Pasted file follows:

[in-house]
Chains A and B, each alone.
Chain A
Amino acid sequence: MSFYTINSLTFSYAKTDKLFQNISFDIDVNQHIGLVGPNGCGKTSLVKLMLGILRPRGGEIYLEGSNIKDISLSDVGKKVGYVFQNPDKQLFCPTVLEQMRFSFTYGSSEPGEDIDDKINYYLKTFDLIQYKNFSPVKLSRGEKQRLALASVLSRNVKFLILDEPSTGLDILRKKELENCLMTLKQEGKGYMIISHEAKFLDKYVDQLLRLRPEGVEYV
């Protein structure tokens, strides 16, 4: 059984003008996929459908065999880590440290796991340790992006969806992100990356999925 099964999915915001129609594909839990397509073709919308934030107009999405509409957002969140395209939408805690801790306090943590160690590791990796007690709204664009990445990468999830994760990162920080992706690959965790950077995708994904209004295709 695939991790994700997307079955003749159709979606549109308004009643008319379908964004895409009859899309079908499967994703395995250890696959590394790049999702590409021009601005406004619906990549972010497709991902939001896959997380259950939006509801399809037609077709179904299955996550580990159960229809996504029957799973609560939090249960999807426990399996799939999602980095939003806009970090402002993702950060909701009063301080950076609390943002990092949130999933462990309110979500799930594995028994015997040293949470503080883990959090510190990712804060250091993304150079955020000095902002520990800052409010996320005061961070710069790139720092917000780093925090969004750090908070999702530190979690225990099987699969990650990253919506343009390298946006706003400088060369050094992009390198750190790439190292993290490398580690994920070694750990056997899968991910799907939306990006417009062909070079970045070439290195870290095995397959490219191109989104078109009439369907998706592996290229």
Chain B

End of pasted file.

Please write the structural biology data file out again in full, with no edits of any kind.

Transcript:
[in-house]
Chains A and B, each alone.
Chain A
Amino acid sequence: MSFYTINSLTFSYAKTDKLFQNISFDIDVNQHIGLVGPNGCGKTSLVKLMLGILRPRGGEIYLEGSNIKDISLSDVGKKVGYVFQNPDKQLFCPTVLEQMRFSFTYGSSEPGEDIDDKINYYLKTFDLIQYKNFSPVKLSRGEKQRLALASVLSRNVKFLILDEPSTGLDILRKKELENCLMTLKQEGKGYMIISHEAKFLDKYVDQLLRLRPEGVEYV
């Protein structure tokens, strides 16, 4: 059984003008996929459908065999880590440290796991340790992006969806992100990356999925 099964999915915001129609594909839990397509073709919308934030107009999405509409957002969140395209939408805690801790306090943590160690590791990796007690709204664009990445990468999830994760990162920080992706690959965790950077995708994904209004295709 695939991790994700997307079955003749159709979606549109308004009643008319379908964004895409009859899309079908499967994703395995250890696959590394790049999702590409021009601005406004619906990549972010497709991902939001896959997380259950939006509801399809037609077709179904299955996550580990159960229809996504029957799973609560939090249960999807426990399996799939999602980095939003806009970090402002993702950060909701009063301080950076609390943002990092949130999933462990309110979500799930594995028994015997040293949470503080883990959090510190990712804060250091993304150079955020000095902002520990800052409010996320005061961070710069790139720092917000780093925090969004750090908070999702530190979690225990099987699969990650990253919506343009390298946006706003400088060369050094992009390198750190790439190292993290490398580690994920070694750990056997899968991910799907939306990006417009062909070079970045070439290195870290095995397959490219191109989104078109009439369907998706592996290229």
Chain B